Developers position to shape famous Melbourne arts, entertainment precinct

Developers position to shape famous Melbourne arts, entertainment precinct

April 2017
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Developers position to shape famous Melbourne arts, entertainment precinct

A substantial landholding in Melbourne’s world-class arts and entertainment precinct is expected to captivate the imagination of international developers when it comes to market this week.

The 4176sqm site at 268 Sturt Street, Southbank, represents a one-of-a-kind mixed-use opportunity with several permissible uses, including residential, hotel, serviced apartment, office or showroom. 

Colliers International’s Trent Hobart, Bryson Cameron and Brett Griffith have been appointed to market the opportunity by Charter Keck Cramer, on behalf of the University of Melbourne, via expressions of interest closing Friday, May 5 at 3pm.

“This is a genuinely rare opportunity to develop a significant gateway site in one of Melbourne’s most desirable, residential owner-occupier locations,” Mr Hobart said. 

The University of Melbourne owns the site and until now, it has predominantly been utilised as an open-air car park. 

University of Melbourne’s director of campus strategy Long Nguyen the university had deemed the site to be surplus to its current needs and would use the proceeds from the sale to help fund future projects.

“After assessing our current portfolio and project pipeline, along with the buoyancy of the current development market, we determined that the capital value of this asset could be strategically reallocated into future projects,” Mr Nguyen said.

Mr Griffith said Colliers International expected the offering to be well received.

“One thing we are always very congnisant of is future view lines for any development site, and the view lines for this project will be second to none, with no obstruction back across the Melbourne CBD sklyline,” he said.

Mr Cameron said Australia was continuing to experience incredible population growth, with Victoria leading the country, growing by 2.1 per cent or about 125,000 people in the year to September 2016. 

“The majority of this growth is centered in Melbourne and continues to drive strong purchaser and rental demand, especially in exceptional locaitons like this,” he said. 

Mr Hobart said Sturt Street was the spine of Melbourne’s arts, culture and entertainment precinct, and number 268 Sturt Street represented the gateway.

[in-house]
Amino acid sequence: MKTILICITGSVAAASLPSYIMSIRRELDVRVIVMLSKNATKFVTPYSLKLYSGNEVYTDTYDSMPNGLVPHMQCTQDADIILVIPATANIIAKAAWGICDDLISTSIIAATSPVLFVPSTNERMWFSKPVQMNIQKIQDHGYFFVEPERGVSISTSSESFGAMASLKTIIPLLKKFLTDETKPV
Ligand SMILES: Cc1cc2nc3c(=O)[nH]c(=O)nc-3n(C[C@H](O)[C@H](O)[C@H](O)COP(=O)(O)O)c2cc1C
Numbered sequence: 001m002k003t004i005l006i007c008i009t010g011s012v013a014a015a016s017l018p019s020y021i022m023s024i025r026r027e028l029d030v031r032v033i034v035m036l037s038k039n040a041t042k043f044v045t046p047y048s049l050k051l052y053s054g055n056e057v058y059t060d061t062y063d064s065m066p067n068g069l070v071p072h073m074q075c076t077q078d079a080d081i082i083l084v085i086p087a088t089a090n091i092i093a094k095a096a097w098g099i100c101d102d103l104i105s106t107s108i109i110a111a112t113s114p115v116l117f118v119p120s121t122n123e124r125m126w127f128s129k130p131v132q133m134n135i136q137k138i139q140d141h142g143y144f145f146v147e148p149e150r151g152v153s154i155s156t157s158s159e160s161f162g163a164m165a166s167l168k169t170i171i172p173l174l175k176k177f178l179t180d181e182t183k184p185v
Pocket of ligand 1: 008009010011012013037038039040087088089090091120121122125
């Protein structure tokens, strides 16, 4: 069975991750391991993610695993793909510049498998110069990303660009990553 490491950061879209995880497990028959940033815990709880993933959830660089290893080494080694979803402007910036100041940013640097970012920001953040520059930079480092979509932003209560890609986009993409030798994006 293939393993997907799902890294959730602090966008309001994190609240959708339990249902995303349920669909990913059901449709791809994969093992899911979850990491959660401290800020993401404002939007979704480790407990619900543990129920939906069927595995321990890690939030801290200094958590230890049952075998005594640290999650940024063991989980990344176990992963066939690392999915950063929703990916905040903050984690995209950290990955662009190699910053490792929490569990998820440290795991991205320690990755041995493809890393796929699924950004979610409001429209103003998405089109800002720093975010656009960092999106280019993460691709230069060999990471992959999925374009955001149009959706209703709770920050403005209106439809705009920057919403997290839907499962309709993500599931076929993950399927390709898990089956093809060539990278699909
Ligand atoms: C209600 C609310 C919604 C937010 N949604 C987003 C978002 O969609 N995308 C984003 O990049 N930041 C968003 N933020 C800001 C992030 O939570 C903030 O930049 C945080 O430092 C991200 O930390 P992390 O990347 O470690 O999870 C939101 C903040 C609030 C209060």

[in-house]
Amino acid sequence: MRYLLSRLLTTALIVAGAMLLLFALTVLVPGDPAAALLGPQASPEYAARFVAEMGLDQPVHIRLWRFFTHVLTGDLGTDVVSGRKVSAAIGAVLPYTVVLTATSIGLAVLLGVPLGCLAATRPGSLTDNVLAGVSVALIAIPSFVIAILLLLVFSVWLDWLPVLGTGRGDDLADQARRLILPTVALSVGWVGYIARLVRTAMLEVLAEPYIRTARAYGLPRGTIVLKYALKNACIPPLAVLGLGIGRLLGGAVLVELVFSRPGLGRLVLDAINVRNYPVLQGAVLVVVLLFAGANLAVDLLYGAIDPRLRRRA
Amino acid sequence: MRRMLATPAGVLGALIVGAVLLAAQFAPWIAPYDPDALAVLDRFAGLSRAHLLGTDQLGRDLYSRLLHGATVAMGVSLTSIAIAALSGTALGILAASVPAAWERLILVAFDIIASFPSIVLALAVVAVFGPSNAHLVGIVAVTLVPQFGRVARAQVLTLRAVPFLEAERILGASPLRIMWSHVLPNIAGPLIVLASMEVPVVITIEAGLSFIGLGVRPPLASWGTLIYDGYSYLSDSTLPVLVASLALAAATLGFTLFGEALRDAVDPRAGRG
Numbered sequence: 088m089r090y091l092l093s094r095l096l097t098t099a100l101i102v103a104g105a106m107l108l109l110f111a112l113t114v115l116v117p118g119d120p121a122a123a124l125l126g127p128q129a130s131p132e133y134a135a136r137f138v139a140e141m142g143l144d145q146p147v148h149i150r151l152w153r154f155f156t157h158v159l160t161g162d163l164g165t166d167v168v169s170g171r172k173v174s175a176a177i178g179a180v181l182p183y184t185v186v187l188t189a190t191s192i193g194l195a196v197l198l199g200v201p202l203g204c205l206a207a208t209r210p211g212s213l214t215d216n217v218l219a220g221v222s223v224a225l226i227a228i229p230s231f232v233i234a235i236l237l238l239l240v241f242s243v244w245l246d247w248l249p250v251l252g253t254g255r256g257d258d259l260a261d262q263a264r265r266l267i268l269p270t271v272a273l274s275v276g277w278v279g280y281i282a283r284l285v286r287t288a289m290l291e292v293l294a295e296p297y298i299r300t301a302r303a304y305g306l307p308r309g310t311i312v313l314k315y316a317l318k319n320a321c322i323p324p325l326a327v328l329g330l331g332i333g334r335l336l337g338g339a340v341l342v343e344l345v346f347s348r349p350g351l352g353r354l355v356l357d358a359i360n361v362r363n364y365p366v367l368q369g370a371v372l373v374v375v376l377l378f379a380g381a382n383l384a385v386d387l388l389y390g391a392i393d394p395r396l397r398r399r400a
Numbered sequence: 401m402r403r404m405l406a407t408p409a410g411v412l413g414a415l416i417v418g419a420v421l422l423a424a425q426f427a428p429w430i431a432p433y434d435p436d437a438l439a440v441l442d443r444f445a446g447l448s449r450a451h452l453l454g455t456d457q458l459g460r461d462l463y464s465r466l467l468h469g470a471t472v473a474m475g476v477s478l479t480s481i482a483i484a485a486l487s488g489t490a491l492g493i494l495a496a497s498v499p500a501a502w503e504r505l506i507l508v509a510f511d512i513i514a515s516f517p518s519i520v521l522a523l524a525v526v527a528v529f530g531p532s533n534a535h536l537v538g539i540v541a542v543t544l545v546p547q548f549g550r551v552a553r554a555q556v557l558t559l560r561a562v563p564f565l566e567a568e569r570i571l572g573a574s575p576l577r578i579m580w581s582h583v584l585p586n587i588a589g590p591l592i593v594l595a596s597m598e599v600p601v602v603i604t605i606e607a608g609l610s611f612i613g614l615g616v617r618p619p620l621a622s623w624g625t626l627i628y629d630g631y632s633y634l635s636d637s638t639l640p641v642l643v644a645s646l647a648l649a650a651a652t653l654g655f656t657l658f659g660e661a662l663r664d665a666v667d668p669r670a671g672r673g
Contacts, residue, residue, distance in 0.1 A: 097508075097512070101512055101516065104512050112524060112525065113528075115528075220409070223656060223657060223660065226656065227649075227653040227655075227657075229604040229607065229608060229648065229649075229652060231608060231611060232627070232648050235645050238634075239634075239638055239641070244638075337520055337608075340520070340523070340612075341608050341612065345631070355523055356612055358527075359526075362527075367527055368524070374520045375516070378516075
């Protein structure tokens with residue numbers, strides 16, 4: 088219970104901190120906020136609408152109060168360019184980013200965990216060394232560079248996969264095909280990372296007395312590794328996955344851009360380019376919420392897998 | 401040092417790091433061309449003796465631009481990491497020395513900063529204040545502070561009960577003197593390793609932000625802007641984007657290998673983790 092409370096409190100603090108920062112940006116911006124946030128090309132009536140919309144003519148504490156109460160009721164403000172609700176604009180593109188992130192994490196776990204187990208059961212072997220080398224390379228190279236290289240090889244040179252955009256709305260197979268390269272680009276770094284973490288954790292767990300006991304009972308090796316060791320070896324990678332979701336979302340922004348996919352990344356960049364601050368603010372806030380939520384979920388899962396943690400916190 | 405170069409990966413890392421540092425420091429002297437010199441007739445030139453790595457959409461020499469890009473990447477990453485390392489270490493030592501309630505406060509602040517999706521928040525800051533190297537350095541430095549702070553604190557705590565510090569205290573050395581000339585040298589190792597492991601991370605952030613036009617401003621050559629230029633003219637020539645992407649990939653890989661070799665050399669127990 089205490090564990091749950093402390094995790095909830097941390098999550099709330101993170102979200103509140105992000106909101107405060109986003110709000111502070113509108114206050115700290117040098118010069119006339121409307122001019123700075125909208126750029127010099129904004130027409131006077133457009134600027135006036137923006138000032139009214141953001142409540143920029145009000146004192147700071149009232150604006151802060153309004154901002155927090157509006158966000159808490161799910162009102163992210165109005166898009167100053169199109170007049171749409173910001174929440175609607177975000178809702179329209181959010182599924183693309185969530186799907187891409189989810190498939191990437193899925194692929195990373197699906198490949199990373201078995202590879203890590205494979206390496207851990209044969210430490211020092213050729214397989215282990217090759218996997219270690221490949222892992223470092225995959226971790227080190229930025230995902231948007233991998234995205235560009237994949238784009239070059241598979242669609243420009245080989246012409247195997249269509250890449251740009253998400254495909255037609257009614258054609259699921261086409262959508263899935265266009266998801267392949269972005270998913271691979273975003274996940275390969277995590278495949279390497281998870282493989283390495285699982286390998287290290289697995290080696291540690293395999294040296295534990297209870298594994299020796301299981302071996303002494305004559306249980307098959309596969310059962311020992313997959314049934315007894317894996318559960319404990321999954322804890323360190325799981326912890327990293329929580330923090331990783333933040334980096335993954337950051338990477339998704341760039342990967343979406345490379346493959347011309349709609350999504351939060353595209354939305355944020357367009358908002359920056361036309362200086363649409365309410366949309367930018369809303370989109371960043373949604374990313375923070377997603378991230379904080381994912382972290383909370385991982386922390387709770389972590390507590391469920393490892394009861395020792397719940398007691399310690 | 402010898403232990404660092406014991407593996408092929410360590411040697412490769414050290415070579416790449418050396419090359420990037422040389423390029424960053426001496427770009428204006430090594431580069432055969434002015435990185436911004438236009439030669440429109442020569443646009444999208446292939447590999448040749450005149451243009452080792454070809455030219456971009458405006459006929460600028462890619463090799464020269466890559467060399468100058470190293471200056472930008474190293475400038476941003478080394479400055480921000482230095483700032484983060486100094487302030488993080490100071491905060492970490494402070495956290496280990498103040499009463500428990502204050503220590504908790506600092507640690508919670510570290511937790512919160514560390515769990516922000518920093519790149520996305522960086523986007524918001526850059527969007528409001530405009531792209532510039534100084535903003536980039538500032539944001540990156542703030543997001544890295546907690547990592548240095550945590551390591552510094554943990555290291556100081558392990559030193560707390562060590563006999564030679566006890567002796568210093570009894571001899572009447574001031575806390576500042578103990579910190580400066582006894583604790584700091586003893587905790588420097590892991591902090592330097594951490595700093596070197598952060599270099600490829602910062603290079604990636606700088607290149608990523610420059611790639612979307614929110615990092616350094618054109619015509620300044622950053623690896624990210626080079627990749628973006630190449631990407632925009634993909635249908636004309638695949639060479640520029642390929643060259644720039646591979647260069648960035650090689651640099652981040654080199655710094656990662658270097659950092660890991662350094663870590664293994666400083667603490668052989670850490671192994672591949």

“The site is bordered to the south by half a hectare of pristine parkland at the intersection of Sturt Street and Kings Way, and to the north by the longstanding Melbourne Theatre Company,” he said. “Given its location, the site is walkable to many of Melbourne’s attractions, whilst trams at the frontage provide convenient access to the best amenity the city has to offer.”

Mr Cameron said the “healthy” scale and position of the site opened up a vast array of development options and future uses that could afford developers with increased residential design flexibility.

“There is also potential for large commercial floor plates, along with incredible visibility and exposure given its prominent position,” he said. “Moreover, being located directly next to Sturt Street Reserve, there are possible exciting integration opportunities for the future uses.” 

The property has been on the radar of the City of Melbourne and the state government for some time, with both earmarking it for a future, strategic development. The government’s Melbourne Arts Precinct Blueprint describes 268 Sturt Street as “a landmark site that punctuates the Sturt Street south intersection with Kings Way as a major entry point to the arts precinct.” 

With frontage to Sturt Street Reserve and high visibility from Kings Way, the property is in the heart of the arts precinct and is surrounded by several iconic institutions, including the National Gallery of Victoria, Melbourne Theatre Company, Malthouse Theatre, Melbourne Recital Centre, Victorian College of the Arts and Australian Centre for Contemporary Art.

“Future occupants will be spoilt for choice when it comes to world-class dining and retail amenity, with Southbank Boulevard, the Crown entertainment complex, Royal Botanic Gardens and South Melbourne Market all within a short walk, making for an ultra-convenient lifestyle,” Mr. Hobart said.

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